Every September the print and online theater critics of Dallas and Fort Worth eat chicken and brownies together and hash over the previous year’s productions on local stages. (The “season” for voting purposes runs from September 1 to August 31.) We think it’s a nice thing to do, recognizing the best individual and ensemble performances, direction, design and writing. Winners get nothing but their names in print and our gratitude for making live theater a joy.
“It was about doing the work, using text you knew was really good, and using really good actors,” McCreary says. “We were rehearsing in my living room and it was some of the best acting I’d ever seen. That that could occur in my living room made me think I was on to something.”
This was the impetus for House Party Theatre, a group of actors, directors and writers who don’t wait for the ideal space to produce work. With McCreary leading, they steer their original work and more recognizable plays anywhere they can.
Of late, a small group of young thespians have been popping up all over the city producing plays in galleries, in warehouses, in houses. Really, whatever they can get their hands on. This weekend, a new piece by playwright Claire Carson takes over a house on University Blvd. Here's her description: A short play about three fellas, self-immolation, and a young lady with weapon skin who may or may not be keeping up with her eyeball drying. See it in preview at 8:30 p.m. Thursday for $5, or Saturday through Monday for $10.
All painting isn't an act of theater, but it can be. Which is why the next Prism Co. show sounds as much like a live painting event as it does a play. That's the wonderful thing about this young, upstart company: They aren't just stretching the definition of what theater in Dallas looks like, they are also incorporating movement and materiality into their work in surprising, immersive ways.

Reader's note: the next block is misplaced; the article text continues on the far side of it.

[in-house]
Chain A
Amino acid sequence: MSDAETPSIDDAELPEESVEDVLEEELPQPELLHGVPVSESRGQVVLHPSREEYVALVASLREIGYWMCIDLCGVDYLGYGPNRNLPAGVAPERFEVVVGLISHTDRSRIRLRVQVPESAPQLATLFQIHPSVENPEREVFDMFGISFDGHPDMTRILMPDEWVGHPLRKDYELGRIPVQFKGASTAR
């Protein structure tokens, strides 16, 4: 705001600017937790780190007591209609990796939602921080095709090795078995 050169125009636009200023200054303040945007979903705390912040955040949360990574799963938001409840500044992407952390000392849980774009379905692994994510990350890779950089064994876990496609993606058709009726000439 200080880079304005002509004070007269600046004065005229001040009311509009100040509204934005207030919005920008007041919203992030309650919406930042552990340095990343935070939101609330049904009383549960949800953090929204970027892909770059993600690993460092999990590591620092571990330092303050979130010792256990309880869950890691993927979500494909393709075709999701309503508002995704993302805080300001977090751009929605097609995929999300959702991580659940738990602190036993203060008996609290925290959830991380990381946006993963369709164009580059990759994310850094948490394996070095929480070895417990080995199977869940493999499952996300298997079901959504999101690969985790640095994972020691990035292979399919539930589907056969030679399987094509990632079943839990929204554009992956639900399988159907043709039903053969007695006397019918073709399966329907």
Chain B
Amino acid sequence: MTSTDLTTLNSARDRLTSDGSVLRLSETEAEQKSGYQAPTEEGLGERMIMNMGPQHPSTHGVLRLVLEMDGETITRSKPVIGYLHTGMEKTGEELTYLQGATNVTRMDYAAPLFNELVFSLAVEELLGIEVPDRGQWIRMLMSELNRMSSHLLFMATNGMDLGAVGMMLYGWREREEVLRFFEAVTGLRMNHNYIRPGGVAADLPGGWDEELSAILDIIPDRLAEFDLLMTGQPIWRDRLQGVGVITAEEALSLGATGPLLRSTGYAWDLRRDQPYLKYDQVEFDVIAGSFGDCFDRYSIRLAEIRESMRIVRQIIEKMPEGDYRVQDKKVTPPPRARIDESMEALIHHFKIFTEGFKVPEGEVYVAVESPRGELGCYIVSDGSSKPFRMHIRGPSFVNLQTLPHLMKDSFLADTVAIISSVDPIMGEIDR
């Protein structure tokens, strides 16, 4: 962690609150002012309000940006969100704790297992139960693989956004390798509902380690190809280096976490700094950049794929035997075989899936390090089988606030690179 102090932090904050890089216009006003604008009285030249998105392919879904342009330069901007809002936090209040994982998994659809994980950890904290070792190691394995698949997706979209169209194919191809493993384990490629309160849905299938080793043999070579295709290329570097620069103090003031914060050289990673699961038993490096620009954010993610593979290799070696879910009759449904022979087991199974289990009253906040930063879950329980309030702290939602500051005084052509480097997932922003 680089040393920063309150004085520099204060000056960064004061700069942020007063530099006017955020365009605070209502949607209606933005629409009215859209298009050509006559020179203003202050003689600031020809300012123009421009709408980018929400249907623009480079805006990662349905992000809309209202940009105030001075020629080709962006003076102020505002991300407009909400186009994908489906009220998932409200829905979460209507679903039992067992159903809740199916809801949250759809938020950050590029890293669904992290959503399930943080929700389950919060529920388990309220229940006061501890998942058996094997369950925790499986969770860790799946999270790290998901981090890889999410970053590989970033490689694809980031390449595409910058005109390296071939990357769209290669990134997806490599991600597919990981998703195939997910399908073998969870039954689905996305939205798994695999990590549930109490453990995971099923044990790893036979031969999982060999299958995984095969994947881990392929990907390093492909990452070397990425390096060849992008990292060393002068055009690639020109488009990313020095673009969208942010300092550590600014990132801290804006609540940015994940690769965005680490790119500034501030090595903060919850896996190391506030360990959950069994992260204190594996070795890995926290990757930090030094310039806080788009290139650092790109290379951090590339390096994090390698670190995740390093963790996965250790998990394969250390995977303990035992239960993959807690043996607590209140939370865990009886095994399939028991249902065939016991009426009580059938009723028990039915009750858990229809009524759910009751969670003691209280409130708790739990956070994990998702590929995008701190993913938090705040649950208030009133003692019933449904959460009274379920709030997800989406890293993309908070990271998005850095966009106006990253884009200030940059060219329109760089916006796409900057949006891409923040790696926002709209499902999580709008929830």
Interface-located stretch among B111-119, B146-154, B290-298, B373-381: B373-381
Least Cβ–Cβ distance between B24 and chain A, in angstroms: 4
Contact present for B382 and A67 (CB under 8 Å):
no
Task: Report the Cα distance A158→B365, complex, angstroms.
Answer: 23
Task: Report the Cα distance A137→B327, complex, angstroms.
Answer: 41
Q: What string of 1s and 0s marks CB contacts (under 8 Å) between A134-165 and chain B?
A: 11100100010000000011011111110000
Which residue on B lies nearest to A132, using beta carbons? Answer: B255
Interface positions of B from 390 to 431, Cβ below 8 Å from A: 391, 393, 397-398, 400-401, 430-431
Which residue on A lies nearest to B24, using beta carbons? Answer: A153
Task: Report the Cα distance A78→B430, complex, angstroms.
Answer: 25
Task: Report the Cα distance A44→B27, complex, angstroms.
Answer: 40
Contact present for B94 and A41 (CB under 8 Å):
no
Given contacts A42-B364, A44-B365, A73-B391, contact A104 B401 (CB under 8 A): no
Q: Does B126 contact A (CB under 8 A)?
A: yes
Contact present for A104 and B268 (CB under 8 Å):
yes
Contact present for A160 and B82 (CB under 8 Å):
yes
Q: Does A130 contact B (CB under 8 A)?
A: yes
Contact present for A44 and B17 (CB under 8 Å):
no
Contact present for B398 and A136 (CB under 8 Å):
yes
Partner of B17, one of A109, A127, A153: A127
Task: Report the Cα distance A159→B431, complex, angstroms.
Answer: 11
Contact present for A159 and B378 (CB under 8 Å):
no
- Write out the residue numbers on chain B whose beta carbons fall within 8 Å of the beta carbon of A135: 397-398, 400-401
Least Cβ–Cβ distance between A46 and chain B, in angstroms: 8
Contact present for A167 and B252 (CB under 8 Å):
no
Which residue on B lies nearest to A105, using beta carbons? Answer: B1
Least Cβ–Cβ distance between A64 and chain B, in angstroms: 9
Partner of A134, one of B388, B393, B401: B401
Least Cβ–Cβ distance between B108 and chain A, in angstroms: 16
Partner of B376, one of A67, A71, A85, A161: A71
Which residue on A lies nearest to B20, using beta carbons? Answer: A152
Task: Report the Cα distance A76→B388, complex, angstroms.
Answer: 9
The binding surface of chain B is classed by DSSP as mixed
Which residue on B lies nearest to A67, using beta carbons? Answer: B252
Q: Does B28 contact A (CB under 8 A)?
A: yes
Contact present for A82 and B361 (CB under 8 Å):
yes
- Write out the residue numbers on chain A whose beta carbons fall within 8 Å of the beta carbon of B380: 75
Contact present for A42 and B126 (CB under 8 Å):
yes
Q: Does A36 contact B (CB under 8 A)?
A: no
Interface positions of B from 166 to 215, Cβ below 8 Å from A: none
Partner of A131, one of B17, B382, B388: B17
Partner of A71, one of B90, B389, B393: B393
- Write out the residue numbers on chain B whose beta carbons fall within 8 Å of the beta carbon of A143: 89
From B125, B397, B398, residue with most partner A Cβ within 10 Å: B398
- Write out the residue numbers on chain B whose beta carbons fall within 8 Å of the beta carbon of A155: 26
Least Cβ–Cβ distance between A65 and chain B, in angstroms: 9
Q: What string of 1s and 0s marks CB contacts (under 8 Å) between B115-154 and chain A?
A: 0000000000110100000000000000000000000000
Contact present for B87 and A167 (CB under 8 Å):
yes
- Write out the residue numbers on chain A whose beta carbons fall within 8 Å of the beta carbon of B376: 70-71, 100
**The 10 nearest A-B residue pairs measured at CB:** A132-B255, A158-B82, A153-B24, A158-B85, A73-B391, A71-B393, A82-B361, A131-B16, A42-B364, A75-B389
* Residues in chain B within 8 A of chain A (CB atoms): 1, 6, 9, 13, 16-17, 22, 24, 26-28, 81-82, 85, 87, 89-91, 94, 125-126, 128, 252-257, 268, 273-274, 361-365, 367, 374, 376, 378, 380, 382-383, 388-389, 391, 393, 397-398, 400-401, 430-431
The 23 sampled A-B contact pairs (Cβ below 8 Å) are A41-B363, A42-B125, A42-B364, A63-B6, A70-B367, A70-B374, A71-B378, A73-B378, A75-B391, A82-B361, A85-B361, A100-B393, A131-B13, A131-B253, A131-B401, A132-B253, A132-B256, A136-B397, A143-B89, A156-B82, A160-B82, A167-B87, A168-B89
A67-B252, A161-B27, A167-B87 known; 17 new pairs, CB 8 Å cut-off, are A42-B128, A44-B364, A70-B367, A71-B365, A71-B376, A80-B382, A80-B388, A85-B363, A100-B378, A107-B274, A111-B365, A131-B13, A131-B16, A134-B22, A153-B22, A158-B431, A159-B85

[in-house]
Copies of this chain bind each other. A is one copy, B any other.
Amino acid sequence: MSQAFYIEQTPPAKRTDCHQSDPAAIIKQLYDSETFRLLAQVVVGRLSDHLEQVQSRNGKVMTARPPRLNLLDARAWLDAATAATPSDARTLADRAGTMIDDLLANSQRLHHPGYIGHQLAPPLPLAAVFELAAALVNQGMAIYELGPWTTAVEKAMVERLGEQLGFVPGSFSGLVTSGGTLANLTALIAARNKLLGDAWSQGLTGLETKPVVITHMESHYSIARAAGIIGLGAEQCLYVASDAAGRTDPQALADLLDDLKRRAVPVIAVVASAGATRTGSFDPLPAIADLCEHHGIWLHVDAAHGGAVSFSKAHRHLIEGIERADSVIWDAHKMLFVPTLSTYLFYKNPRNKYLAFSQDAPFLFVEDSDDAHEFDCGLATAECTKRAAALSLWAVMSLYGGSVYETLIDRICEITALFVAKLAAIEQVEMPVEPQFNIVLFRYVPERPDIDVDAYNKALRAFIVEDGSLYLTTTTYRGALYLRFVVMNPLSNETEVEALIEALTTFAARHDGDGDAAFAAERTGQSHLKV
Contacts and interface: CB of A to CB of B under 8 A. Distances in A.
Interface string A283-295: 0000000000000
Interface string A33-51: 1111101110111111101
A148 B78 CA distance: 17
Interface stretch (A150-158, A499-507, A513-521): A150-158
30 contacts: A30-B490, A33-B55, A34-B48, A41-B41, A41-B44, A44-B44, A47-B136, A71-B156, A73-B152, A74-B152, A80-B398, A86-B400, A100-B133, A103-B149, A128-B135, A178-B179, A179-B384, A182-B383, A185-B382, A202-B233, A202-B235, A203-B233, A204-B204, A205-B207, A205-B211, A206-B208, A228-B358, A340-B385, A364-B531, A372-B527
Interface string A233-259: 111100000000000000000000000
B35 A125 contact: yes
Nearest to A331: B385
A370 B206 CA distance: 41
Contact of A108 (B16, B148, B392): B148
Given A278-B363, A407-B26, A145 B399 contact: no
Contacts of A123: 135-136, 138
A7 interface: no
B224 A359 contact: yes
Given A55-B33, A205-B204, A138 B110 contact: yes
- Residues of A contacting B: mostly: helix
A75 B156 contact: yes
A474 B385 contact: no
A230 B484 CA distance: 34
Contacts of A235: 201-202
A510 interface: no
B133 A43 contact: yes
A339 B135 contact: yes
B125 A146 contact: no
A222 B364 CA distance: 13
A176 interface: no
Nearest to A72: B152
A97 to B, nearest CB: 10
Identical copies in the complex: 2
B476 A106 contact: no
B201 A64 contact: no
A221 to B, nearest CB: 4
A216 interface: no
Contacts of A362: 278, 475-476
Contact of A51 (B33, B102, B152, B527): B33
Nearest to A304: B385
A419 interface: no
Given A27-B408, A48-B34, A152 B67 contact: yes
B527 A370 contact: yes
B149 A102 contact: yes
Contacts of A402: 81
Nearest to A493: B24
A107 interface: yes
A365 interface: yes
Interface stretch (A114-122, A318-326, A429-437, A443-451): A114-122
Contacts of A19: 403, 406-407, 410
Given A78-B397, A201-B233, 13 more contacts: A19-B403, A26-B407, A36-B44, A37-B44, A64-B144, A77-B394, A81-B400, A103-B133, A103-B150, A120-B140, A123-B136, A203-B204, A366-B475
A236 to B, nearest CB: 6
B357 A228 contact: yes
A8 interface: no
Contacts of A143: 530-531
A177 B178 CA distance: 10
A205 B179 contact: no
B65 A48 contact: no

A collaborative effort between Jeffrey Colangelo and Katy Tye, Prism is an enigmatic, primal, playful, ultimately spectacular, preverbal event, fusing darkness, shadow, light, color tracking the elemental history of mankind.
In a parallel love story of the feline kind, Gabriela’s cat, played by newcomer Elizabeth Berkman, and a wild coyote (Seun Soyemi, previously seen in Cara Mía’s Zoot Suit) intertwine a secondary conflict based on disparate desires and a similar misreading of each other’s sexual seduction vs. love theme.
“Mark Lowry found some promising trends in 2014. With a Top 10 list of the best local productions, and a few more lists.”
“I operate on the premise that a theatre’s job is to prevent people from leaving their seats before the entertainment is over…”
“This was the year DFW’s favorite theater kids grew up. No longer newcomers on local stages — as actors, playwrights…”
It’s a really fantastic play by one of the most talked about playwrights of the last five years, Tarrell Alvin McCraney . It’s the middle piece of a trilogy and Jubilee is actually going to do the other two pieces. It was directed by Tre Garrett, Jubilee’s artistic director. This play is a beautiful lyrical work. It’s a great piece about brotherhood. And it speaks to what’s happening with young black males, the protests that are happening around the country with the Garner case. It really, really speaks to you in a way I didn’t expect.
Theater is a mysterious thing. Usually, companies decide on a season of shows more than a year out, and they have no idea what the casts will be and how the shows will fit the mood of the audience. Sometimes we’re in the mood for farce, sometimes melodrama, sometimes just a campy musical. The 10 shows that make up my year-end list range from musicals (lots of ’em) to comedies to dramas, from contemporary to period pieces.